Little Women the Musical is an absolute delight | Theater Review | Chicago Reader

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Little Women the Musical is an absolute delight

Forget quiet female domesticity, this is a subtle revolution.

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Most top-ten lists of queer feminist authors don't mention Louisa May Alcott, and Little Women is better remembered as a quaint account of feminine domesticity than the subtle revolution that it is: the story of sisters in a wartime household headed by their mother that includes but does not focus on their relationships with men. At the center of the narrative is Jo—an impassioned author of hilariously melodramatic thrillers who won't bow to fashion or tradition as she drives and then chronicles the escapades of the March girls. Lest this make Little Women the Musical, with music by Jason Howland, lyrics by Mindi Dickstein, and book by Allan Knee, sound like a didactic snore, rest assured: it is an absolute delight. In Brown Paper Box Co.'s wonderful production, directed by Stephanie Rohr and M. William Panek, romantic Meg, headstrong Jo, sweet Beth, and vain Amy come to life with beautiful, believable intimacy on Strawdog's storefront stage.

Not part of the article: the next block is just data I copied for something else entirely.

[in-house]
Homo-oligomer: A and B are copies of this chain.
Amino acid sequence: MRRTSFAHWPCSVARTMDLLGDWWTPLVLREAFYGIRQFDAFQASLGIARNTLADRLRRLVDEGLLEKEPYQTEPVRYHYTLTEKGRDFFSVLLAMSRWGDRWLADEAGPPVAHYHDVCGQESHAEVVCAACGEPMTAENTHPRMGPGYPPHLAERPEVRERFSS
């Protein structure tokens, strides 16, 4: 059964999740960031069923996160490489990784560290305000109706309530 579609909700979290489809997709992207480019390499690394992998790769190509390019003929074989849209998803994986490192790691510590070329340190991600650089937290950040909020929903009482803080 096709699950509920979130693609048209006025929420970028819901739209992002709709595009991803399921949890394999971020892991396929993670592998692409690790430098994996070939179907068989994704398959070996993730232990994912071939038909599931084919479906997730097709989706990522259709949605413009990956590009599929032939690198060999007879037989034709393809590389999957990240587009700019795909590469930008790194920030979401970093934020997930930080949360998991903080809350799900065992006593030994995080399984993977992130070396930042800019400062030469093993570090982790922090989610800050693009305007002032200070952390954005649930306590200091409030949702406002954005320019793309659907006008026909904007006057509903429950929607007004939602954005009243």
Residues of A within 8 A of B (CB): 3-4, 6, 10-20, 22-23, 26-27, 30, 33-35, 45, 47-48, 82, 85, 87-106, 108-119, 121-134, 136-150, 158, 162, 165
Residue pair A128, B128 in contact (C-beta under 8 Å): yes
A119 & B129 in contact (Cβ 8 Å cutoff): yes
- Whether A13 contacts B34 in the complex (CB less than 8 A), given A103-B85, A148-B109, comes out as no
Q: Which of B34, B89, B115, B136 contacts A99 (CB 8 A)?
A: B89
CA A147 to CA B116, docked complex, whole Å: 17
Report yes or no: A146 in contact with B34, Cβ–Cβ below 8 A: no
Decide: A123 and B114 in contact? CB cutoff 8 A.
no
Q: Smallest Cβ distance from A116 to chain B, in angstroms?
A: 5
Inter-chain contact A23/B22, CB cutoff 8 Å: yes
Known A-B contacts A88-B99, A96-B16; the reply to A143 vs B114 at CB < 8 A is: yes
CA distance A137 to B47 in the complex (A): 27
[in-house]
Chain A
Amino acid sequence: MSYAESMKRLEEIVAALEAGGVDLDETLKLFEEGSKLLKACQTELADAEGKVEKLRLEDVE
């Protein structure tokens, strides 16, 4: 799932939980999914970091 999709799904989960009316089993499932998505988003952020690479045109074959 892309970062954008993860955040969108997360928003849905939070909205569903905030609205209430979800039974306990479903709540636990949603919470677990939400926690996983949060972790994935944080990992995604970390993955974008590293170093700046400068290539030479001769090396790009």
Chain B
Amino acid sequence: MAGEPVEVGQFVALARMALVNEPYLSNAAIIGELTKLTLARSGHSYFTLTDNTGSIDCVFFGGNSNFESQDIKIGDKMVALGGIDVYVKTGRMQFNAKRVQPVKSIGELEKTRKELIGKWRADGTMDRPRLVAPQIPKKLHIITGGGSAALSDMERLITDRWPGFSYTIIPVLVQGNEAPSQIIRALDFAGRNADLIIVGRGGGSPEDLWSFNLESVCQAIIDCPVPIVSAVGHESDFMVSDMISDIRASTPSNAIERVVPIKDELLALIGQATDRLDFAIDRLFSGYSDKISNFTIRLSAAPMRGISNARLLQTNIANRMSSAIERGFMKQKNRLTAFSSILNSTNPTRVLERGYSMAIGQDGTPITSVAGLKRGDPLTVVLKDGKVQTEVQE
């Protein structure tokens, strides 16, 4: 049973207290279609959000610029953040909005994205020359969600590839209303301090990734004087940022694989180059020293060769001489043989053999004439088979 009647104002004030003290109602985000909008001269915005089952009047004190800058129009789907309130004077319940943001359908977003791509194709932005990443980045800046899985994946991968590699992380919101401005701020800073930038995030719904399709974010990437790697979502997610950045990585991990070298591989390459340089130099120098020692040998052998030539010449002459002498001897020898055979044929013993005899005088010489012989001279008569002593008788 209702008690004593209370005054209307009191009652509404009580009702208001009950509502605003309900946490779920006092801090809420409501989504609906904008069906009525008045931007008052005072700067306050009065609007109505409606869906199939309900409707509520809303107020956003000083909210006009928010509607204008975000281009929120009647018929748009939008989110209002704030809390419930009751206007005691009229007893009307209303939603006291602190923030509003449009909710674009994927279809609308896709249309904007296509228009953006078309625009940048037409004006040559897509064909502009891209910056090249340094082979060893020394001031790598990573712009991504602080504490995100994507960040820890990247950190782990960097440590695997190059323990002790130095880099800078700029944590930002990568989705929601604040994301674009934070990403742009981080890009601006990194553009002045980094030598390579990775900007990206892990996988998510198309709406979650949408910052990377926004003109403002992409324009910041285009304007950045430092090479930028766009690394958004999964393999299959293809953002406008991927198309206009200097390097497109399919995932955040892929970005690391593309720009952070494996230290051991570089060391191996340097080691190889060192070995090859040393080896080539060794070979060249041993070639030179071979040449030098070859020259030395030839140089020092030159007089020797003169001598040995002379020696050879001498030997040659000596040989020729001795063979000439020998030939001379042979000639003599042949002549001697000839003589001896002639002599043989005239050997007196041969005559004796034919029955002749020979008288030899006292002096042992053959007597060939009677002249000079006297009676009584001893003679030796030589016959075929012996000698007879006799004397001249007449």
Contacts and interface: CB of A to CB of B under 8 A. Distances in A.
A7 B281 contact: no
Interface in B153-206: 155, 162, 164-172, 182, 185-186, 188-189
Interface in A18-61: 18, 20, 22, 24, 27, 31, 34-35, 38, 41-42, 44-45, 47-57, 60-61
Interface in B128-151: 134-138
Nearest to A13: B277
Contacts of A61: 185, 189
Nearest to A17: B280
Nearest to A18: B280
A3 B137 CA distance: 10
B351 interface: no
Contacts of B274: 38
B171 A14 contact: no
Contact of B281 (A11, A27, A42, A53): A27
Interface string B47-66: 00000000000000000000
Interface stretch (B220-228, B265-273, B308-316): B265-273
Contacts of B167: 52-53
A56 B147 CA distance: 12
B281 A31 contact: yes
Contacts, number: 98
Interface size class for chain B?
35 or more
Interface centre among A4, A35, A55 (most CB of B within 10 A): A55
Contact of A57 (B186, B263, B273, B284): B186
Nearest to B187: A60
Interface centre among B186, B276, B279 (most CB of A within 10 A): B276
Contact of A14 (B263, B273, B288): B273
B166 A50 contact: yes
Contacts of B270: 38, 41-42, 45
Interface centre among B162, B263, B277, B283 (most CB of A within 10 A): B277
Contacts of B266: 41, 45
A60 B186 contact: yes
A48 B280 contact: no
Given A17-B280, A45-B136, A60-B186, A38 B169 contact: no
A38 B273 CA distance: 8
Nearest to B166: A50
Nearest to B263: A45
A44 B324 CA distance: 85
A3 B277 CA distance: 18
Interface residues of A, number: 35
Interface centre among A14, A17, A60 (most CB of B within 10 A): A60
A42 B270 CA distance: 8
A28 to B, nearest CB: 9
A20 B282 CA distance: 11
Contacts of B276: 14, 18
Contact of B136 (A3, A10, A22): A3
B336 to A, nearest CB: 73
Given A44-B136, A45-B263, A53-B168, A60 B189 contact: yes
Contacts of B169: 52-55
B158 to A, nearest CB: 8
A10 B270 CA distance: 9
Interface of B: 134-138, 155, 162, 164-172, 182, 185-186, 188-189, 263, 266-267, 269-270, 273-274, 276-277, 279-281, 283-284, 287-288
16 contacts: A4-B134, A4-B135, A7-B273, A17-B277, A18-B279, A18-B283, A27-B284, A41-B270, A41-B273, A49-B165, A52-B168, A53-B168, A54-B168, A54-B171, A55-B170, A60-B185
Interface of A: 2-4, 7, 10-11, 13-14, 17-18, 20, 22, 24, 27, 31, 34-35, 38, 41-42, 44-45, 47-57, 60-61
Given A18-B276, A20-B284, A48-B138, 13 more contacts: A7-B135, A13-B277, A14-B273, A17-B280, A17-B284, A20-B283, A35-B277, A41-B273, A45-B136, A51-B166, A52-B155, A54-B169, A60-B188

The Brown Paper Box cast is a dream. Not only can they sing, they portray the affection, joys, frustrations, and hopes of these women with authenticity and rapport. Tessa Dettman is a charismatic Jo with a powerhouse set of pipes, and Kim Green's pouting Amy has the nuance to make the ambitions of the youngest and most overlooked of the sisters understood. Will Kazda is ditzy and fun as their neighbor Laurie. And among the most distinct pleasures of this production is hearing every voice unamplified, accompanied only by a single piano (played by Justin Harner).   v

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